Tech Talk 2022
Microchip Your Ski Day
Dave loved skiing, climbing and beer, which he drank in copious quantities after each near-death experience. We called him “Chopper Dave” since he spent so much time in helicopters—as a patient. Dave and I climbed and skied together all over the world. Life with Dave was a series of entertaining mishaps and near misses. He was a truly terrible skier, and only a marginally better climber. He was constantly lost, or about to be lost. He would be right there with the group one second, and the next, gone like a will-o’-the-wisp into the gloaming. Once, when I was barely 24 hours late from a classic north-face climb in the Alps, I returned to the campsite to find that Dave had sold my tent to pay for the beer he needed to drown his sorrow at my death.
If only we had possessed the following technology back then, Dave would have been a better skier and mountain man, rarely lost and, when he did get lost, more easily found.
CARDO PACKTALK SKI
Billed as “The Ultimate Winter Sports Communicator,” these tiny radio units favoured by the motorcycle set are roughly the size of a box of matches and attach to the exterior of your helmet. They use ear buds and a voice-activated microphone to enable communication among a group of skiers. Syncing of the units is so simple that it happens before you even realize you’ve done it. A great feature of these devices is that each unit can be a repeater, meaning that even if the leader and tail ender do not have line of sight, say, on either side of a pass, they can still communicate since the intermediate units bounce the signal along the line. As well as using these while ski touring, we use them on a ski day with our kids, who no longer have any excuses to ignore us and also enjoy feeling like James Bond. US$199; cardosystems.com
This marvelous little gadget, roughly the size of two of Dave’s cigarette packets, is a satellite communication device primarily designed to alert emergency services—anywhere around the world—when disaster strikes.
Since the device uses satellites rather than cell phone towers, coverage is pretty general, except in dense tree cover and deep, narrow valleys. The Gen4 boasts some basic non-emergency messaging features: while still in civilization you can enter a message to be sent to a particular cell phone from an agreed location. It also has an Assist function to tell those who need to know that you’re not about to die, but a little help would be nice. This function doesn’t allow you to let the recipient know what kind of non-urgent assist you need but you could pre-program several alert levels for your keepers back home. We felt good knowing we had the SPOT Gen4 on our two-week adventure last season. $190; findmespot.ca
Poor Dave famously once got lost in a whiteout. He found himself stumbling into a snowbank as night fell and decided to dig a small snow cave in which to spend the night. He dug his cave, threw in his pack and took a last look into the murk before entering. As he looked up, a family cruised slowly past in their car, the occupants peering interestedly down at him, quietly locking their doors. Dave would have benefited from GAIA GPS.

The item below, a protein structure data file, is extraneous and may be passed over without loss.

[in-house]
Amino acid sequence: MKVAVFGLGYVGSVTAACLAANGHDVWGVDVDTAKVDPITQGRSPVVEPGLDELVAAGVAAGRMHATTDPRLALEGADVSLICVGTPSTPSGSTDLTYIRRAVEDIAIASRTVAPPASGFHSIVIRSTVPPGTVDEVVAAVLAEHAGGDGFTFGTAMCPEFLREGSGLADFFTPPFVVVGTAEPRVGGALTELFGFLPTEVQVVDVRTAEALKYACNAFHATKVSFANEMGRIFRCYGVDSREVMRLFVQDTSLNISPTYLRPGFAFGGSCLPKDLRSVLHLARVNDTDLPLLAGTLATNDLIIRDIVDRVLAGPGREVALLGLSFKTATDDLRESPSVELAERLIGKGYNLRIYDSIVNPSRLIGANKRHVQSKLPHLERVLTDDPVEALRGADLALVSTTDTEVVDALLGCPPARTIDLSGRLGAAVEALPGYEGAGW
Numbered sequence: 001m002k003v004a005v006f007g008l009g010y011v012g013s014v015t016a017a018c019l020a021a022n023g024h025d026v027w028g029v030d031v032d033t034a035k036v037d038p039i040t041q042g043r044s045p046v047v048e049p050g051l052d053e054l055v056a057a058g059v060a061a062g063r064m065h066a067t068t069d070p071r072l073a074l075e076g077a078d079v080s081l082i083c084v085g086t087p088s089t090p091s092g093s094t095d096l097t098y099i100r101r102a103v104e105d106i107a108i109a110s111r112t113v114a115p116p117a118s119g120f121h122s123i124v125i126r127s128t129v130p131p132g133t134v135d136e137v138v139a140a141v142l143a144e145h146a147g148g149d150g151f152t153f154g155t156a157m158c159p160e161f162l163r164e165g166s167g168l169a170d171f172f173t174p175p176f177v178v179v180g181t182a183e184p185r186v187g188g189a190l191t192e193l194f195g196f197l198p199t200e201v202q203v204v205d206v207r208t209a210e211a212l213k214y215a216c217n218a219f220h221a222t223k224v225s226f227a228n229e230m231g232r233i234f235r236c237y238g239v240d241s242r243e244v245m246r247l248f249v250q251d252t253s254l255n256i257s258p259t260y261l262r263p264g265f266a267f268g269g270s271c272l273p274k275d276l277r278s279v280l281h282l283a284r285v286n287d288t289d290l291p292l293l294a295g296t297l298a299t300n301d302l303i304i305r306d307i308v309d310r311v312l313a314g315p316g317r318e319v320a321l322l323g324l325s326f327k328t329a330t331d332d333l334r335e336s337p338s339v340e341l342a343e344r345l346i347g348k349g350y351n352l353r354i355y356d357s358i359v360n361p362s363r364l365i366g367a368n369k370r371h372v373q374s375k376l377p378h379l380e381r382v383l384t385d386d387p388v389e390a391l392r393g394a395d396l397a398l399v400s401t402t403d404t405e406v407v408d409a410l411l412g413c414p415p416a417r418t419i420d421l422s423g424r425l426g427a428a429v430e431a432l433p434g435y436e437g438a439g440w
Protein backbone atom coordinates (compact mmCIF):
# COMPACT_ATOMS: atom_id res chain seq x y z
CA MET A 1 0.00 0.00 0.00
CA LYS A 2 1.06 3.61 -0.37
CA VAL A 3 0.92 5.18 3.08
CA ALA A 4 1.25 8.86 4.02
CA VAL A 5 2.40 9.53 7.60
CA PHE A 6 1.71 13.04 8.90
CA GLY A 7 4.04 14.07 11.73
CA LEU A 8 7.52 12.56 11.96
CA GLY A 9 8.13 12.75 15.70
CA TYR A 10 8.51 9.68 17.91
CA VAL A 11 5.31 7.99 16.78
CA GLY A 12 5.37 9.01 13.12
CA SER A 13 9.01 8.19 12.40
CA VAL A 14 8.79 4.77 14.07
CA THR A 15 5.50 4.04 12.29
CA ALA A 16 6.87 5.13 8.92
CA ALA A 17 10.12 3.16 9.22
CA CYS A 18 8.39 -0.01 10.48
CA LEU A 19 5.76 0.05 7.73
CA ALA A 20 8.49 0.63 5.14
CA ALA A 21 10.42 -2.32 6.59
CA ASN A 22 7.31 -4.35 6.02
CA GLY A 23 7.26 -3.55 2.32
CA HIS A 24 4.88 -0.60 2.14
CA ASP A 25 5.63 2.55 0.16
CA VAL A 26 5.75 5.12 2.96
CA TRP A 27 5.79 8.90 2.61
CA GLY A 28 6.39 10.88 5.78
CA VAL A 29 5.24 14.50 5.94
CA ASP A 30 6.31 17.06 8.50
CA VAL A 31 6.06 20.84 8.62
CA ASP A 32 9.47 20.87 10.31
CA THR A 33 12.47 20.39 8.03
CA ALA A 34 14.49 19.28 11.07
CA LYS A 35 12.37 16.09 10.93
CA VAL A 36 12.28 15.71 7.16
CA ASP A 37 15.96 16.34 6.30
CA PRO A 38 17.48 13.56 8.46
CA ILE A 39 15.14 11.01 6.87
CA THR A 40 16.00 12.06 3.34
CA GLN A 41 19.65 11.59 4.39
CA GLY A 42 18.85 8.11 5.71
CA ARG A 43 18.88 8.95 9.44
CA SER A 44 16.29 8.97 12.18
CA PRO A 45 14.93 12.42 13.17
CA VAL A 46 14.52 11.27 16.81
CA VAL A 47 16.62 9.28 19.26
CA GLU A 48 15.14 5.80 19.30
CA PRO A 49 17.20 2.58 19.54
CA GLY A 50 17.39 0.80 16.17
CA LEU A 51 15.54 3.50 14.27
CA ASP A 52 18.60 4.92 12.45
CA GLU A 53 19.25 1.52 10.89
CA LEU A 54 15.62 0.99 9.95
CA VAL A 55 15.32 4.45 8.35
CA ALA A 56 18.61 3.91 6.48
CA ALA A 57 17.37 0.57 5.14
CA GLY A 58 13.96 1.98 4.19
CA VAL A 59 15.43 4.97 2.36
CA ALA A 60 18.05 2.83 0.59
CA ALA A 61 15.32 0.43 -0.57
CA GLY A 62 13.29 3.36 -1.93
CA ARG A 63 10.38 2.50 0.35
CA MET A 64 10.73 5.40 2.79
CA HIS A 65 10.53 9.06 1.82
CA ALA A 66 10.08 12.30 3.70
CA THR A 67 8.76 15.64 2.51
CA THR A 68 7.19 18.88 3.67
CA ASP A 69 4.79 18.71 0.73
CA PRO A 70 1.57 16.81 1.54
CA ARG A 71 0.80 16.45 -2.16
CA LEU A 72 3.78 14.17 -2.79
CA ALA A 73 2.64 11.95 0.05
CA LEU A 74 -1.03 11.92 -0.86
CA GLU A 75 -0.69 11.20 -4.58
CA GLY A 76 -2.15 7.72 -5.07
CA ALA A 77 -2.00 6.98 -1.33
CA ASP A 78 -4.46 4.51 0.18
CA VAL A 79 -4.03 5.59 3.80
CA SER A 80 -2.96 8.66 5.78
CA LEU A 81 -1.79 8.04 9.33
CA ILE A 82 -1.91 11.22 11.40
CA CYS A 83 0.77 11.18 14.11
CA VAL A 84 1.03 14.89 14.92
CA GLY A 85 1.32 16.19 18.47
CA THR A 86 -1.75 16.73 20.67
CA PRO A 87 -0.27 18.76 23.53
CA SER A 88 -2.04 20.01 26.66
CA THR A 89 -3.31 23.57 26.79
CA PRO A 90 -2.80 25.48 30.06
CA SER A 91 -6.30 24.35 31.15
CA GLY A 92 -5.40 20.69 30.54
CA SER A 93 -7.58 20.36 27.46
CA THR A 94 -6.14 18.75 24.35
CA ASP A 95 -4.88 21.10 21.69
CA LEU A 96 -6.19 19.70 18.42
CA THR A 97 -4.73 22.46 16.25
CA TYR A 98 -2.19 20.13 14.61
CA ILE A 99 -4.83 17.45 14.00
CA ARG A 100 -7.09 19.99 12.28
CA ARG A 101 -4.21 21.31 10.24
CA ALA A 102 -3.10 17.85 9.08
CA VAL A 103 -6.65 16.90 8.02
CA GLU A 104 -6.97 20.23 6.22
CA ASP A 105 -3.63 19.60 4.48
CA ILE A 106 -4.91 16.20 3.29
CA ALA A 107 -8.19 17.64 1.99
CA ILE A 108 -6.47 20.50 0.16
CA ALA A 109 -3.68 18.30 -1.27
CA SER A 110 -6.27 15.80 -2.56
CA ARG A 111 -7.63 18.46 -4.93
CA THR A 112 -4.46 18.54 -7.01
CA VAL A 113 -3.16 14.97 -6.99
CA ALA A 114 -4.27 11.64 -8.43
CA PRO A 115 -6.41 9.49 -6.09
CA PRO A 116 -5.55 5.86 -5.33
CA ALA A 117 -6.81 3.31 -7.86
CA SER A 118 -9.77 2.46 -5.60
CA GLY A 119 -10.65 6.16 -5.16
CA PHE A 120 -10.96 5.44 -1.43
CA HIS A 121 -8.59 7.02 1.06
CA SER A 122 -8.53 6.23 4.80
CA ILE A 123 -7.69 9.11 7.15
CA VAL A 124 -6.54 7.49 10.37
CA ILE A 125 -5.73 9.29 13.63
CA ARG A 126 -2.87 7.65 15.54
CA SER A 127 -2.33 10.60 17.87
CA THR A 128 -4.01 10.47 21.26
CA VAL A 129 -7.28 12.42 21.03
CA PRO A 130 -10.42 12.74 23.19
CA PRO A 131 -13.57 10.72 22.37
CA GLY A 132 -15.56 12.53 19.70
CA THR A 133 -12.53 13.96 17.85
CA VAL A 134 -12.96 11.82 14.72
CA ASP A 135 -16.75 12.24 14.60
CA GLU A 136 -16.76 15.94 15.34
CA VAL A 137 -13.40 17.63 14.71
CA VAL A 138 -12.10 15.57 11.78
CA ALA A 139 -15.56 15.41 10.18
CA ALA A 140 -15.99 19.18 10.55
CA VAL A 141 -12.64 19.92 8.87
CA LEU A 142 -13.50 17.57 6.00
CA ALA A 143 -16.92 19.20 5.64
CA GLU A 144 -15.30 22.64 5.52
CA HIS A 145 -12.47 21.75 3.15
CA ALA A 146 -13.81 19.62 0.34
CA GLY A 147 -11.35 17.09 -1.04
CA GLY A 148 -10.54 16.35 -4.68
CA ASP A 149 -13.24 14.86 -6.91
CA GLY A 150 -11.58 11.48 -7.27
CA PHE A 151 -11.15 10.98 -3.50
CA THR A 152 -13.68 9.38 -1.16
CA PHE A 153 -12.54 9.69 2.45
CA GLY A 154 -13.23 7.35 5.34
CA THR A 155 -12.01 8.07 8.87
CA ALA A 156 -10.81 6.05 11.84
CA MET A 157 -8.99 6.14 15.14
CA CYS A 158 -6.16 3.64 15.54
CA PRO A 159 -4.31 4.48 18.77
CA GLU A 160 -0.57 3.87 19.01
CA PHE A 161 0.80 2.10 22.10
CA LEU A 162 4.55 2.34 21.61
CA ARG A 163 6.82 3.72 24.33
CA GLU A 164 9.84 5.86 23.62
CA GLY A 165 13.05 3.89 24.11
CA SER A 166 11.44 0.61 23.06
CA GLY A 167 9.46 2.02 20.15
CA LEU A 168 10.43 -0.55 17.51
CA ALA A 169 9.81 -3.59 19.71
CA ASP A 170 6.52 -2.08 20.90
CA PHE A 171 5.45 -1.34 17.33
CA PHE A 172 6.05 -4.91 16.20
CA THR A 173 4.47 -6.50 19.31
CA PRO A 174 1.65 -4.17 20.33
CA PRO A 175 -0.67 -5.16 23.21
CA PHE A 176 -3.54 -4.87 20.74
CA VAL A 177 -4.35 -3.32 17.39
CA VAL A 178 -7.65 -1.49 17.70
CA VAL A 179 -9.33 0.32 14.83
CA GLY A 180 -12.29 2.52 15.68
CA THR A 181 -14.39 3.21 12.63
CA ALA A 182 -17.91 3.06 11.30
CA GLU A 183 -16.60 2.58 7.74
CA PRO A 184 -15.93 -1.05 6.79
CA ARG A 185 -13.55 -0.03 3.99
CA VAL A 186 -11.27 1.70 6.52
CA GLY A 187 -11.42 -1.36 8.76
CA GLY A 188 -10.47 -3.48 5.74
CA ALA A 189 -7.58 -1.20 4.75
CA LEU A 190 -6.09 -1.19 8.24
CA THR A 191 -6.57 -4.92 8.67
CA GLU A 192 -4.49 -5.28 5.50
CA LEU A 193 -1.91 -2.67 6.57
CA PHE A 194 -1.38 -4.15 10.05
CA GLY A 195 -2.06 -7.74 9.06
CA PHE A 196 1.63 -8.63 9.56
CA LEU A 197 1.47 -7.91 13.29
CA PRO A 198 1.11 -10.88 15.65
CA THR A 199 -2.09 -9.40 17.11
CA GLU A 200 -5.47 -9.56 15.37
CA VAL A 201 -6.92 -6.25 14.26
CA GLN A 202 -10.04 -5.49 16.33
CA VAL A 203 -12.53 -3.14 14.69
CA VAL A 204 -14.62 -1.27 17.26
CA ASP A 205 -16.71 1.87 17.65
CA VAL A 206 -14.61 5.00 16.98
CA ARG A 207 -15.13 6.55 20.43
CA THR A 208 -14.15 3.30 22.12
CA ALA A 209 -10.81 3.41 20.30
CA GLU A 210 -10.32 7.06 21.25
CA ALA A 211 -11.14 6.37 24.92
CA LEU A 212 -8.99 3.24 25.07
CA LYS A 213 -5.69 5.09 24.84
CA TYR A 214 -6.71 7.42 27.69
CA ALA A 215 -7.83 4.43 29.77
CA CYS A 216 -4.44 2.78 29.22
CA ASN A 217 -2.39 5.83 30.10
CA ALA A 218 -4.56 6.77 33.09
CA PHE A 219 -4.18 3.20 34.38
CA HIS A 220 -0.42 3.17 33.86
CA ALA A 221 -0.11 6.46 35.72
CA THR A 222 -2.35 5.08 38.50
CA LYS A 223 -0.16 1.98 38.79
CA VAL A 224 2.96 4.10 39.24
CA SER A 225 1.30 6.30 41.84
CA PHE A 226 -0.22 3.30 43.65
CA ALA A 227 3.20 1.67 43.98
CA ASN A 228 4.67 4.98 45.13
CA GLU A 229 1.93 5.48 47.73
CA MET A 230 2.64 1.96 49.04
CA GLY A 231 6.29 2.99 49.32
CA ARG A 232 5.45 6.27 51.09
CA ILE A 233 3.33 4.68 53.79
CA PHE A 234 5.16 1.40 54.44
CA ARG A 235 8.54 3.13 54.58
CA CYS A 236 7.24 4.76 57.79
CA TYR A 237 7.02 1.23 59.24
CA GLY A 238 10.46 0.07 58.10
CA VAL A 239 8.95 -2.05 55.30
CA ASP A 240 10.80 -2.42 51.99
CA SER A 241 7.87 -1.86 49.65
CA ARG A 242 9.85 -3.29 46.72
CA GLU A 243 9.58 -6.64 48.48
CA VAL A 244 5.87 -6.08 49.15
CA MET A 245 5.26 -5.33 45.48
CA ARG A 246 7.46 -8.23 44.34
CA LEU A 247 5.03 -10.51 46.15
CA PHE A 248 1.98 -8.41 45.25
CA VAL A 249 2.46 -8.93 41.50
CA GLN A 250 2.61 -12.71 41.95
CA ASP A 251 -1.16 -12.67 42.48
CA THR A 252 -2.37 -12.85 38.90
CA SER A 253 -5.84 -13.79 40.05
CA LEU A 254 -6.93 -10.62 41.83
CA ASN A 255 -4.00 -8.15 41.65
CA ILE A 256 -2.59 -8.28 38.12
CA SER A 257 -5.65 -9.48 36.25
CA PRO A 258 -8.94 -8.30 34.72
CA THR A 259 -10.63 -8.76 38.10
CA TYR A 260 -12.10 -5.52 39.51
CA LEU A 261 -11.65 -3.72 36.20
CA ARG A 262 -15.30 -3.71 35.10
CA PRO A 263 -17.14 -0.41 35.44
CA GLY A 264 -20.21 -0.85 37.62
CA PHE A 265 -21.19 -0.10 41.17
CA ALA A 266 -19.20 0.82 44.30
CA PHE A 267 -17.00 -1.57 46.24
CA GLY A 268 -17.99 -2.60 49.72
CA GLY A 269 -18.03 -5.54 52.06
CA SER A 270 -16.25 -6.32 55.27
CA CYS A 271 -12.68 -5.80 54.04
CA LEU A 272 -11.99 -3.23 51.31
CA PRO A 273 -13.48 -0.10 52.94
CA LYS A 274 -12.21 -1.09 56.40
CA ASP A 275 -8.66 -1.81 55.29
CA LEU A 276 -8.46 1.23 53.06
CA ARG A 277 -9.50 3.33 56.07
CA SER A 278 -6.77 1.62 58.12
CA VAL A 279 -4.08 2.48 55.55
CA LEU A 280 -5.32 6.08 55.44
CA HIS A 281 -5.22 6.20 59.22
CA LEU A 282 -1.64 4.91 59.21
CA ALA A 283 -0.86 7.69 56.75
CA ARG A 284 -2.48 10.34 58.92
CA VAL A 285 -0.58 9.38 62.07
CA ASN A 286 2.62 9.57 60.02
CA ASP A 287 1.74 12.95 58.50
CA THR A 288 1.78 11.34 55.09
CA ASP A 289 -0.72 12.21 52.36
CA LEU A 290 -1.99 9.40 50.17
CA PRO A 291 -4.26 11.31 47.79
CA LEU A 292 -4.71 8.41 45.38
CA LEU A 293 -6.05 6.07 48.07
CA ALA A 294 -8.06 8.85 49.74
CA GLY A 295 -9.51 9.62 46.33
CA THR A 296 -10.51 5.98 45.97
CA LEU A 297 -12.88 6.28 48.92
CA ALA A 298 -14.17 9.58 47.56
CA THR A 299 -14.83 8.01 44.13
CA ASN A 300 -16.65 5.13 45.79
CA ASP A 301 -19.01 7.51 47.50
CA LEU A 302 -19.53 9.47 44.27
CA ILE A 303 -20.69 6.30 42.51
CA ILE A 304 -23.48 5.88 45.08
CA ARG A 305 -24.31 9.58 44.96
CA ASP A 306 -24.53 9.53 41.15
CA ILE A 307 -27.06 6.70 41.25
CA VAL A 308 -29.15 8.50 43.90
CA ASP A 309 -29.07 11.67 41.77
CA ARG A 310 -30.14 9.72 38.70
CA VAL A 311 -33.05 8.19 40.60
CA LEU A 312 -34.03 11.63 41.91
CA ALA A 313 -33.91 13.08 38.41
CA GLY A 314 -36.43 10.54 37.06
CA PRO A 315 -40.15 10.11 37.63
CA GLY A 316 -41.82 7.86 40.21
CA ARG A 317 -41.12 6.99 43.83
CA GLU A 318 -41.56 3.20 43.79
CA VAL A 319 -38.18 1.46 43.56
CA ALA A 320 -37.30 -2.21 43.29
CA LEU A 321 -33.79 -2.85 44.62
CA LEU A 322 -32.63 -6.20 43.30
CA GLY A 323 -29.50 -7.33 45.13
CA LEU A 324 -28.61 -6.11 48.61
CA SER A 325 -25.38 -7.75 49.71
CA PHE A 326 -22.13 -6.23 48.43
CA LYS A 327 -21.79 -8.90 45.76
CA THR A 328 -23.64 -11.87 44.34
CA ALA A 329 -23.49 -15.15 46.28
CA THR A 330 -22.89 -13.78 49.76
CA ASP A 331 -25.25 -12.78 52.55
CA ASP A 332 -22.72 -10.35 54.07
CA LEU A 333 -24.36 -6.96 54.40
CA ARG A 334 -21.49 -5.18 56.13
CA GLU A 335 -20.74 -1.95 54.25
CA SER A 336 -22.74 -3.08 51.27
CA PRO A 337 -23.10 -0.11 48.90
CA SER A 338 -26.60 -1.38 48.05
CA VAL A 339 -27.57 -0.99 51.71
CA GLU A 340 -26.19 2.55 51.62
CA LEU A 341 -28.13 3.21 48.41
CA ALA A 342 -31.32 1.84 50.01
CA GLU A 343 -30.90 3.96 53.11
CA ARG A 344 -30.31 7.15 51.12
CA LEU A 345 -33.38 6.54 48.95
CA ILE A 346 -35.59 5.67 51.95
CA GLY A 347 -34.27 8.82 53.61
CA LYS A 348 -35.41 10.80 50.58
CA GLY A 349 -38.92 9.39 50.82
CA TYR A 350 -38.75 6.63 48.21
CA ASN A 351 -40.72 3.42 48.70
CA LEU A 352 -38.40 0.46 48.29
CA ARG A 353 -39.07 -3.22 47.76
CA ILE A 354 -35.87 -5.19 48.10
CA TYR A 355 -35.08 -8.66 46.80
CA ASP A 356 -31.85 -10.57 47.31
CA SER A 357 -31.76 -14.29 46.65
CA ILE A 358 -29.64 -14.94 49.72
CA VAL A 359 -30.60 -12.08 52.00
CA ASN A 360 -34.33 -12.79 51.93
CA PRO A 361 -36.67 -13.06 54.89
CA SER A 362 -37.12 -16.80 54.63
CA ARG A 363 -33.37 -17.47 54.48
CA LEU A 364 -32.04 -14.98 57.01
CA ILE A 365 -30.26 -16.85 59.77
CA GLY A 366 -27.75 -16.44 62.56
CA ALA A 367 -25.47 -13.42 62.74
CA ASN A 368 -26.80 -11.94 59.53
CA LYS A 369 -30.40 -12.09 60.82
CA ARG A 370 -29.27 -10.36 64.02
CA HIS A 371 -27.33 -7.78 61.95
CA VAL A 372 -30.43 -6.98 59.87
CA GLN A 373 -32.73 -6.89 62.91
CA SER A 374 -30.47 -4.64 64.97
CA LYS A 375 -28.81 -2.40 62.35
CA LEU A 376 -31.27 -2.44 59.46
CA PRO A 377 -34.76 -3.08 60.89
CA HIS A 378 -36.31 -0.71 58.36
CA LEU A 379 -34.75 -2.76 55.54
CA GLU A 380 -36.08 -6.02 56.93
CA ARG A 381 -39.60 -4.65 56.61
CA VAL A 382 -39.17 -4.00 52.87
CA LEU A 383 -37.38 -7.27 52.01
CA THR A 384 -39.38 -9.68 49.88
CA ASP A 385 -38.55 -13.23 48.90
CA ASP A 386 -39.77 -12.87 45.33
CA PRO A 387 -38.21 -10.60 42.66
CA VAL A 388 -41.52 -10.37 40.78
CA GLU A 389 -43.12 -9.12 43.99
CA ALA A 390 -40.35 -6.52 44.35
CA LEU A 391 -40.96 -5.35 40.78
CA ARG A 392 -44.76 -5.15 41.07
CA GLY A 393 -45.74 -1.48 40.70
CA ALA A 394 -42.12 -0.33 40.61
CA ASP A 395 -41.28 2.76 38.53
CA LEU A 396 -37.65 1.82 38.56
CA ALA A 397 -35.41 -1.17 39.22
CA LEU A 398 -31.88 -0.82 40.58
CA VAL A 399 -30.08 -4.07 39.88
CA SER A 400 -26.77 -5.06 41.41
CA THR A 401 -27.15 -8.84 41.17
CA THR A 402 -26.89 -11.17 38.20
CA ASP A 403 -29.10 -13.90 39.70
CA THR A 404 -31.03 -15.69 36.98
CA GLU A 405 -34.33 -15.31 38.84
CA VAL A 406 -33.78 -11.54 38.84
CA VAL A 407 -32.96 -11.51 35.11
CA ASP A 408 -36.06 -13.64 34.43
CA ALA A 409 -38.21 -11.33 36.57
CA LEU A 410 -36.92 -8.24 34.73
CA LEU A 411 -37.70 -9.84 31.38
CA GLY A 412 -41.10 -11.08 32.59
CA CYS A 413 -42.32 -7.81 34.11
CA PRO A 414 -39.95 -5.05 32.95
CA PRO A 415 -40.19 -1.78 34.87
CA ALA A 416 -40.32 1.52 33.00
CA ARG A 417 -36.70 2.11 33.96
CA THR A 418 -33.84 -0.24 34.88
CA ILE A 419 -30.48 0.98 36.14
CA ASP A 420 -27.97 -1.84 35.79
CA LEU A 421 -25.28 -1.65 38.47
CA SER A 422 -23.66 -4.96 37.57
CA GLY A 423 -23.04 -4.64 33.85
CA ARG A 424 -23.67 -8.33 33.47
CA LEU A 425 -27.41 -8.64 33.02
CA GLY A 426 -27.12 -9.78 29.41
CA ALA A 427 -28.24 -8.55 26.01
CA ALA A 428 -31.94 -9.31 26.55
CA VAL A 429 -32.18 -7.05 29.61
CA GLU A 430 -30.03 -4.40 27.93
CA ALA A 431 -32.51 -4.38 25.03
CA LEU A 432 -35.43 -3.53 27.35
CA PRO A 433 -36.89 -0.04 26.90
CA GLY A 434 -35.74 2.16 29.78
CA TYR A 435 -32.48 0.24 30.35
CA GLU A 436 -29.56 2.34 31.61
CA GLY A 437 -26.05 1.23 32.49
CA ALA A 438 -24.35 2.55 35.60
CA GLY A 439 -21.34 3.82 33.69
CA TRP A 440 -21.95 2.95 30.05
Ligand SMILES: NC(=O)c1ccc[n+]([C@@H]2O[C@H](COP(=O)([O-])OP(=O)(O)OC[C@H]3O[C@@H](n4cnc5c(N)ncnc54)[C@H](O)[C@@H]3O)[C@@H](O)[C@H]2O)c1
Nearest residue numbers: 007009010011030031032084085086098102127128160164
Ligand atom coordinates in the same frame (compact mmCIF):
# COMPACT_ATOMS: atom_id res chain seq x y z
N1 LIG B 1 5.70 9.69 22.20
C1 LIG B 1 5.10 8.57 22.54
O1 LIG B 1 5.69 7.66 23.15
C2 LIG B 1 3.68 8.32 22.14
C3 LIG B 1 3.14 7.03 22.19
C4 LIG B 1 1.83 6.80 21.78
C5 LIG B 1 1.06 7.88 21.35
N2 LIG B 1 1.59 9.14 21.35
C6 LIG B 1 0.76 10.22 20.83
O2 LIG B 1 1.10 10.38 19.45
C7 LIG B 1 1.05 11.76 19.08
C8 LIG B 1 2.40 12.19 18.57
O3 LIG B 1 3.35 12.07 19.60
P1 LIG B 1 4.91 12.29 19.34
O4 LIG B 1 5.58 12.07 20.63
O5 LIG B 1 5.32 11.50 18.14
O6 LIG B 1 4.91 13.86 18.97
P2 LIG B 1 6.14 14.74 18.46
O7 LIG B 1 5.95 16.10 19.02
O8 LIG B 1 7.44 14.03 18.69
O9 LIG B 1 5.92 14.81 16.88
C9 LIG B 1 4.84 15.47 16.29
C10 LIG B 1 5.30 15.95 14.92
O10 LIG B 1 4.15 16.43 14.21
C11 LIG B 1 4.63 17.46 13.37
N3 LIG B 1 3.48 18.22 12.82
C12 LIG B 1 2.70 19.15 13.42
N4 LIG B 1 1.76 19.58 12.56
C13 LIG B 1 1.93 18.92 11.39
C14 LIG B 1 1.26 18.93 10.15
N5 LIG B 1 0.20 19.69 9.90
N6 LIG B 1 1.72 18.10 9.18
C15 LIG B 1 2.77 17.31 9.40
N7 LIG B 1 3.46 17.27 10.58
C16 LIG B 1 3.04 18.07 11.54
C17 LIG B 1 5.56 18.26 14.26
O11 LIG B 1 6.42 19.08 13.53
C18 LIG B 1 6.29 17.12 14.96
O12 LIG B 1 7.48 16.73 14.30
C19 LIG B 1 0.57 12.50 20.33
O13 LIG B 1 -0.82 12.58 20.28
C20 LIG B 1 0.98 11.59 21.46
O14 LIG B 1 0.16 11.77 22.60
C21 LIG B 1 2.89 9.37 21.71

The GAIA GPS map app is one of many that brings GPS functionality to your cell phone. With staggering accuracy, GAIA displays your position on a government-issue topographic map, enabling you to not only figure out where you are, but also how to get home. The only downside, of course, is battery life, though since the app uses the GPS chip in your phone, you can switch to airplane mode to conserve your battery and turn off tracking when not needed. If you’re out for a few days, take a bulk battery to maintain charge. US$40/year; gaiagps.com
Billed as a “Digital Ski Coach,” the Carv consists of a 2mm-thick insert that is attached to the inside of your boot, plus a couple of transmitters that sit on the back of your boot and sync to your phone. Had Dave had a set of these he would have been able to get crystal-clear feedback on his balance, timing, edge angle and other aspects of his skiing.
Carv’s functionality is superb, and information is presented in a non-technical manner to allow ease of use for those who want to improve their skiing and don’t have a huge amount of technical understanding. Before skiing each day, simply turn the units on, fire up the app and let it track your progress through the day. It’s fun to look at, say, the balance between skis and notice how patterns begin to appear. The device and app allow you to go pretty deep into the CARV world, taking on fun challenges and setting goals to work toward. US$399; getcarv.com
This membership site is great for those who are keen to improve their skiing. It works well as a stand-alone training tool, or can be used to great effect as a complement to your CARV units.
Skierlab provides a range of diagnostic tools that sit well alongside CARV to help you interpret and act on the data your units provide: CARV may tell you that you’re out of balance, while Skierlab’s movement analysis tool and drill library will tell you what to do about it practically. For those who want to take it to the next level, paid-for personalized coaching plans can be created by working with a dedicated ski coach, plus other options to upload video and join ski discussion forums. $88/year or $12/month; skierlab.comCardo Packtalk, Carv, Gaia GPS, Skierlab, Spot Gen4, tech talk